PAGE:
After years of controversy, Wheatland Township has a new home
By Cathy Janek For The Sun February 14, 2013 8:04PM
Chief Deputy Assessor Shari Lee (left) and Office Administrator Carolyn Rominger look over a new pricinct map that will be on display in the meeting area at the new Wheatland Township offices at the strip mall at Route 59 and Andrew Road in Plainfield on Thursday, February 14, 2013. | Steven Buyansky~Sun-Times Media
Updated: March 16, 2013 6:13AM
After much turmoil, Wheatland Township officials finally have a new place to call home.
It is hardly what some current and former township officials had envisioned.
Located in Units 111 and 117 at 12337 S. Route 59, in the North Plainfield Crossing shopping complex, the new facilities are tucked alongside a sports rehabilitation facility and a pizza joint.
Residents can check out the new facilities and meet with Wheatland officials at an open house from 4 to 7 p.m. Feb. 19.
A long road
The unassuming storefront facade gives little insight into the township’s tumultuous journey to its new location.
The cost of leasing the new offices is $4,500 per month in addition to a charge of $35,000 to convert the space into offices.
The high costs associated with remedying violations at the township’s former administrative facility at 31W236 91st St. in Naperville were the final straw that prompted the move. The anonymously-reported violations were the latest in a long running disagreement over the township’s administrative facilities.
The township administrative offices had been residing in the Wheatland Highway Department’s former building which had been built in 1977.
The old administrative building had been deemed by some to be an unfavorable working environment. Opponents to a new building claimed it would be a waste of taxpayer dollars, especially during an economic downturn.
“We would have spent a significant amount of money fixing up the old building,” Wheatland Township Supervisor Todd Morse said.
The old facility has been turned into “cold storage” and the township is still having difficulty getting the building up to code, Morse added.
“It has cost about $11,000 just to turn it into cold storage,” he said.
To continue to use the building for administrative purposes, “for the first round of compliancy issues, we had a bid of $48,101,” he said.
Morse also believes that it was likely that more violations would have been found in the rehabbing process, further increasing renovation costs.
“It would have been a money pit that would have never ended,” Morse said.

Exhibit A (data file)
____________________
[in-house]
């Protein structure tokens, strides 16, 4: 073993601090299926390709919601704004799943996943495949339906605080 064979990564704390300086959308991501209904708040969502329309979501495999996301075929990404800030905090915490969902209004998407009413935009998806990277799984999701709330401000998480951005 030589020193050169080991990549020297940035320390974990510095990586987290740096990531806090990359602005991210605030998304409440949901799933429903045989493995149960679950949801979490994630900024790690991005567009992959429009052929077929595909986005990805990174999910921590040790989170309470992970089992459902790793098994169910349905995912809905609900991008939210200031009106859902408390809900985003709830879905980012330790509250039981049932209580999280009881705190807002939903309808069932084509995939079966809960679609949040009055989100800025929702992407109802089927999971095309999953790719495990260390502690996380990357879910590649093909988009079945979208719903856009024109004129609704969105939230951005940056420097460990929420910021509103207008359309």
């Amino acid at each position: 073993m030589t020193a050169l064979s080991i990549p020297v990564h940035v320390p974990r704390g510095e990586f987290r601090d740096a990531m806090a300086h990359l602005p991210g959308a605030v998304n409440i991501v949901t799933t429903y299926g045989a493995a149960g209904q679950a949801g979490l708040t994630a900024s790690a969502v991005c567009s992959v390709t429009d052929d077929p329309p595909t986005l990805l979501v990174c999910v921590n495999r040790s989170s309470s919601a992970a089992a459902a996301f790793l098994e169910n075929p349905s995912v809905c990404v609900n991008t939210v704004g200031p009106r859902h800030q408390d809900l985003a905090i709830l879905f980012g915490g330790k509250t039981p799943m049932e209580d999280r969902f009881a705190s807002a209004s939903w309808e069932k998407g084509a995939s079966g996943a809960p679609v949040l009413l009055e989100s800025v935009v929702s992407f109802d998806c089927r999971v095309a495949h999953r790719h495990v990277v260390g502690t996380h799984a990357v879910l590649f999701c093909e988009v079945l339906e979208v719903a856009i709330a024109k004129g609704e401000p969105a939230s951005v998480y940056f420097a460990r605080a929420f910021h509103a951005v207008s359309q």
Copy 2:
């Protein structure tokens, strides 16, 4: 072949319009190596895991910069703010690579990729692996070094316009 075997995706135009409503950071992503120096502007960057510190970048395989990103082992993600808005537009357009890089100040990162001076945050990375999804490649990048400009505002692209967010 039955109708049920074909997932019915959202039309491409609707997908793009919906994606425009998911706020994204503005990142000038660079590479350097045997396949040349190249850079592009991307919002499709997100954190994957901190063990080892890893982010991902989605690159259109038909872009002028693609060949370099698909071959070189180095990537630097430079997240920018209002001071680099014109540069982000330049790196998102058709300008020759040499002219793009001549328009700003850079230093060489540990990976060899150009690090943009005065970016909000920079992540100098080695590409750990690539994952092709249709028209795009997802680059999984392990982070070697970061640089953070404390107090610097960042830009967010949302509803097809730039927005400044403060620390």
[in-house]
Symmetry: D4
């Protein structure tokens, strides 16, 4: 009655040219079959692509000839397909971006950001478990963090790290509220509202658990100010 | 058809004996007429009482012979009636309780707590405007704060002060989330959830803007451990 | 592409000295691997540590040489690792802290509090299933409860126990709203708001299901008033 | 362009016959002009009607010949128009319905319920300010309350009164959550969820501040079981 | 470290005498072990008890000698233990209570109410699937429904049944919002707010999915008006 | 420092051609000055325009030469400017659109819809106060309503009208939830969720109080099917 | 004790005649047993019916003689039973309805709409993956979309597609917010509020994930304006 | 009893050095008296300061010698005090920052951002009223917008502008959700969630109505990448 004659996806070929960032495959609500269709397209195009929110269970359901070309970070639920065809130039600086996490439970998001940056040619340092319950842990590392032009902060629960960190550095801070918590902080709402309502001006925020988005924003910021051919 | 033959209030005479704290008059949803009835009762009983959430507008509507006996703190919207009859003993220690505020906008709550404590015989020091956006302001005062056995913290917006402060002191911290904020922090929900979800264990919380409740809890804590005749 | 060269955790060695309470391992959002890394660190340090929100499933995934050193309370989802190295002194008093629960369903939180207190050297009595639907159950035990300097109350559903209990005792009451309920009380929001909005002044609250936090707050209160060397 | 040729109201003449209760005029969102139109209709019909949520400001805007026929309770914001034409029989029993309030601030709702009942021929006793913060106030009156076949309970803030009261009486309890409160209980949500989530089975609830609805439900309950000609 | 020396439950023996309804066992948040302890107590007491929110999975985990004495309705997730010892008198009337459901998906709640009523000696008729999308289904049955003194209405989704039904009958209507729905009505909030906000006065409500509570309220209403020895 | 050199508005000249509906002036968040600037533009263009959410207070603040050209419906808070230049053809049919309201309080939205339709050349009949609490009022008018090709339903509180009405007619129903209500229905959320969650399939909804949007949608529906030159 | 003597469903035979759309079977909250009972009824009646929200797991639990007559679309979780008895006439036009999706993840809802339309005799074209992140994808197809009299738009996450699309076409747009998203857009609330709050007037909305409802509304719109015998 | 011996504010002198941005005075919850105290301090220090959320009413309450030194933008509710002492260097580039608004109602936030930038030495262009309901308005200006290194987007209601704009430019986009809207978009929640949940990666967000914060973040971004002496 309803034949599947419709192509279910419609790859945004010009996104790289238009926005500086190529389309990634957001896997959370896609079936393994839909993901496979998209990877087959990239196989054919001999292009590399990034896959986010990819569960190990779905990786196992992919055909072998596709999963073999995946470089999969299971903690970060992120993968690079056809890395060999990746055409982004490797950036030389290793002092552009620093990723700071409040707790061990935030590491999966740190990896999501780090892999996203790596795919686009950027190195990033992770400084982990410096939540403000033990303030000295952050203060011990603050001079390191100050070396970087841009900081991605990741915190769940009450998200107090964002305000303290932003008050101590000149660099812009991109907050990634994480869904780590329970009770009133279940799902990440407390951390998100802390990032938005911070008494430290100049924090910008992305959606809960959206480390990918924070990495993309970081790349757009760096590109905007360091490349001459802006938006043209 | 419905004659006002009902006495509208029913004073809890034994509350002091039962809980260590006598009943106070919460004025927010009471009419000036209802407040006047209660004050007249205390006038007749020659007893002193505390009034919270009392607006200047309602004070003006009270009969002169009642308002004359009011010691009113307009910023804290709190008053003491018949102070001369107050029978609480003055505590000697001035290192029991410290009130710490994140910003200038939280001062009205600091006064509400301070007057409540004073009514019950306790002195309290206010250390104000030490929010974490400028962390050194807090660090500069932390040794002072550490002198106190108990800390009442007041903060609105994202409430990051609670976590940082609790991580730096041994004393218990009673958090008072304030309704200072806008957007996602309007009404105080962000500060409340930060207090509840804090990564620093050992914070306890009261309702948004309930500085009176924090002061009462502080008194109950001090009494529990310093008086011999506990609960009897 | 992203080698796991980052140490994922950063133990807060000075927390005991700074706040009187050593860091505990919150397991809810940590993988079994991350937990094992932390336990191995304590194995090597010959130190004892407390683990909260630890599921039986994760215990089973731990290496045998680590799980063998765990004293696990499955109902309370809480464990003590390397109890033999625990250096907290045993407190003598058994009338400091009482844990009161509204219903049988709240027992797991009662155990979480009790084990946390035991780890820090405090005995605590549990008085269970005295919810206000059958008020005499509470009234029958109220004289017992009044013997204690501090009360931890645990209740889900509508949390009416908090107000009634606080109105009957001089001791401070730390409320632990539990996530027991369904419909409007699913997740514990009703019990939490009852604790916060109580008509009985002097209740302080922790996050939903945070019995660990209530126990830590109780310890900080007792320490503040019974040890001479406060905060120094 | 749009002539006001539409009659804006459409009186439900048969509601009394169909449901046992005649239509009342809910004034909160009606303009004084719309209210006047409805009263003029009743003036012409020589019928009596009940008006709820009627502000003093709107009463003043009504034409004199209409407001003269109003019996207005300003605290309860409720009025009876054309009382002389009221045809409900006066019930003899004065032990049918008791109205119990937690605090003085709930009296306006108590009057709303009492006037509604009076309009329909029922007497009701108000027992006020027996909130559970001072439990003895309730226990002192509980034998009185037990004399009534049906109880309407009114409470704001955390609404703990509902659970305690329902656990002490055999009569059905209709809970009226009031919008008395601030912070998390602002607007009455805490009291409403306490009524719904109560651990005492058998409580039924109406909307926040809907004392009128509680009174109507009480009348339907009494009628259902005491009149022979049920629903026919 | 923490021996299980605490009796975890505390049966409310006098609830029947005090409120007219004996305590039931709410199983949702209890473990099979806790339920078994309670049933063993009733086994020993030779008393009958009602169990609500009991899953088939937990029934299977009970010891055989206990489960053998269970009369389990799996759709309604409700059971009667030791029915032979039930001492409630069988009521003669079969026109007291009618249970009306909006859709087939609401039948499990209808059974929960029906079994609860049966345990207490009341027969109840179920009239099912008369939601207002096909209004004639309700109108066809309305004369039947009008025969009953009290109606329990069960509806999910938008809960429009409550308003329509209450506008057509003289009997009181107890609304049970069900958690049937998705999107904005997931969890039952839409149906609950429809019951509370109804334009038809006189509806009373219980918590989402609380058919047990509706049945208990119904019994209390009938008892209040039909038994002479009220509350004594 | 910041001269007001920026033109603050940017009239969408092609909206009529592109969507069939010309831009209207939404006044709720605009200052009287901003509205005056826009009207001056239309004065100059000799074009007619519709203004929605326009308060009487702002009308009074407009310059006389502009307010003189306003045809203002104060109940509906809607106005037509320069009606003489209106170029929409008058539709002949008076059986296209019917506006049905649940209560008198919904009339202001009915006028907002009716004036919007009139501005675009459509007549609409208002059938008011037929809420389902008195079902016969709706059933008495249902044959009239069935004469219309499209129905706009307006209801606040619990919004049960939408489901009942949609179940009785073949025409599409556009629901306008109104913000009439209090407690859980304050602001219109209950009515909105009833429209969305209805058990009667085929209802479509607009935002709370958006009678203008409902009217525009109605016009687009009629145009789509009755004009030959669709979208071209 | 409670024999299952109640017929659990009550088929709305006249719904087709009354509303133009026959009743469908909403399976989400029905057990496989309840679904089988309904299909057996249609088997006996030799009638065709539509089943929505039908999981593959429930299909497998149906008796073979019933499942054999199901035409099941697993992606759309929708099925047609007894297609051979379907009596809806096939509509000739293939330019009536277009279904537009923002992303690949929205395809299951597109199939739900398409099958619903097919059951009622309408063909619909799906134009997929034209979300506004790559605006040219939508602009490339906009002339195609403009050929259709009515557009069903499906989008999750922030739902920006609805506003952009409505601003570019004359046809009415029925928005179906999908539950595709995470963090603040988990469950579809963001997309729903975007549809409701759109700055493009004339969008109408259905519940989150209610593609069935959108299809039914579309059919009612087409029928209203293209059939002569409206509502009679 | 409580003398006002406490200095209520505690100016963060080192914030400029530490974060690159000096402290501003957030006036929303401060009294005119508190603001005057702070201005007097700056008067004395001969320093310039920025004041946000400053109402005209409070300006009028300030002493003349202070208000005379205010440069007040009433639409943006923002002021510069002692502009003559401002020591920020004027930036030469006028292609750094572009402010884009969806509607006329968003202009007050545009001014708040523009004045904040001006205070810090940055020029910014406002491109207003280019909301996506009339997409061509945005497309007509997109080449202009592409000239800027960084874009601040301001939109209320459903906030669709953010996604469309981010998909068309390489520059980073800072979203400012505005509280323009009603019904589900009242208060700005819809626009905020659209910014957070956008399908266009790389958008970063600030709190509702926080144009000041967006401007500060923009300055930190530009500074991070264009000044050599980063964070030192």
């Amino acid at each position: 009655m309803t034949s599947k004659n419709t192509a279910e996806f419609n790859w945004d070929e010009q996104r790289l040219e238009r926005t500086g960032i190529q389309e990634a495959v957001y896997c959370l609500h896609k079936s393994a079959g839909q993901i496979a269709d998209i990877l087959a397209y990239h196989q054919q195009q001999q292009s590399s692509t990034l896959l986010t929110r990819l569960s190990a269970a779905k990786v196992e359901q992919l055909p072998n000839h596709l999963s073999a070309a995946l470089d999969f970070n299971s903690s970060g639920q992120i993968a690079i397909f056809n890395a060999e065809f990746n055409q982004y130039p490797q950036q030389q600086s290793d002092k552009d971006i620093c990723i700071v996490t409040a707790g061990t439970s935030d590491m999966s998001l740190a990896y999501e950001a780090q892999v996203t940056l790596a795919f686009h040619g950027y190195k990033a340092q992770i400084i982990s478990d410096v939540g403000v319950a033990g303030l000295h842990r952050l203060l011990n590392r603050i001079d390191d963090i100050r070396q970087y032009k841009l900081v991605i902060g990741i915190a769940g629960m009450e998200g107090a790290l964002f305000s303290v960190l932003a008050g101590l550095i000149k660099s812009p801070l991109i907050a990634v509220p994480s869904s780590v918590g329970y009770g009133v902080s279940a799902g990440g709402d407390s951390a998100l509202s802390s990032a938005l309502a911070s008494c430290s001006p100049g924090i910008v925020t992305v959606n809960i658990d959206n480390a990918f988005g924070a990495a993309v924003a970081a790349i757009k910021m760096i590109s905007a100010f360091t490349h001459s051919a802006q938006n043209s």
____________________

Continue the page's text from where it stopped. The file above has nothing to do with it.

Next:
Nearly a decade ago, township officials first planted the seeds for a new administrative building. Dubbed years later by opponents to be a “Taj Mahal,” the last attempt to resurrect the building on a township-owned lot at 103rd and Route 59 was rejected by 128 residents (with 19 voting for the proposal) who attended a spirited public forum on the issue in 2011.
“We have 85,000 residents in Wheatland Township and only 147 voters weighed in on the issue,” Morse said.
The new facilities offer meeting room space for local groups and the township’s senior and youth committees, Morse said, something that could have never happened at the old building.
Morse outfitted the new space with tables and chairs from a local discount retailer.
“I wasn’t going to pay anyone to haul the furniture; we just took a couple of trips with my pickup truck,” he said.
In 2009, Morse said township officials agreed to construct a 7,200-square-foot township building which was 3,000 square feet smaller than originally proposed.
“Our whole board voted to hire an architect to design a building which was agreed upon until another group got involved,” he said.
The strong opposition to the new building grew into an off-shoot group that is now running for township positions.
Mike Crockett, a Republican candidate for Wheatland Township trustee, has been a vocal opponent of the construction of a new township facility, and said that the need to relocate at all was “suspect.”
“They had to move quickly and they didn’t have time to satisfy the violations in a short period of time. In my mind the whole thing kind of stinks,” he said. “There have been some allegations of mold, but as far as I know none has been found.”
Crockett also had issue with the decision of the current board to purchase new furniture for the new township building.
Crockett said the township should look into consolidating all its operations in the current Highway Department building.
“This would dramatically reduce the cost of township government,” he said. “The second step would be to sell the land at 91st (where the old administrative building sits) and also sell the land at 103rd and Route 59.”
The two-acre property which the township had purchased along Route 59 and 103rd is now for sale for $395,000, Morse said.
“We had gotten one offer, but it was a really low offer,” he said.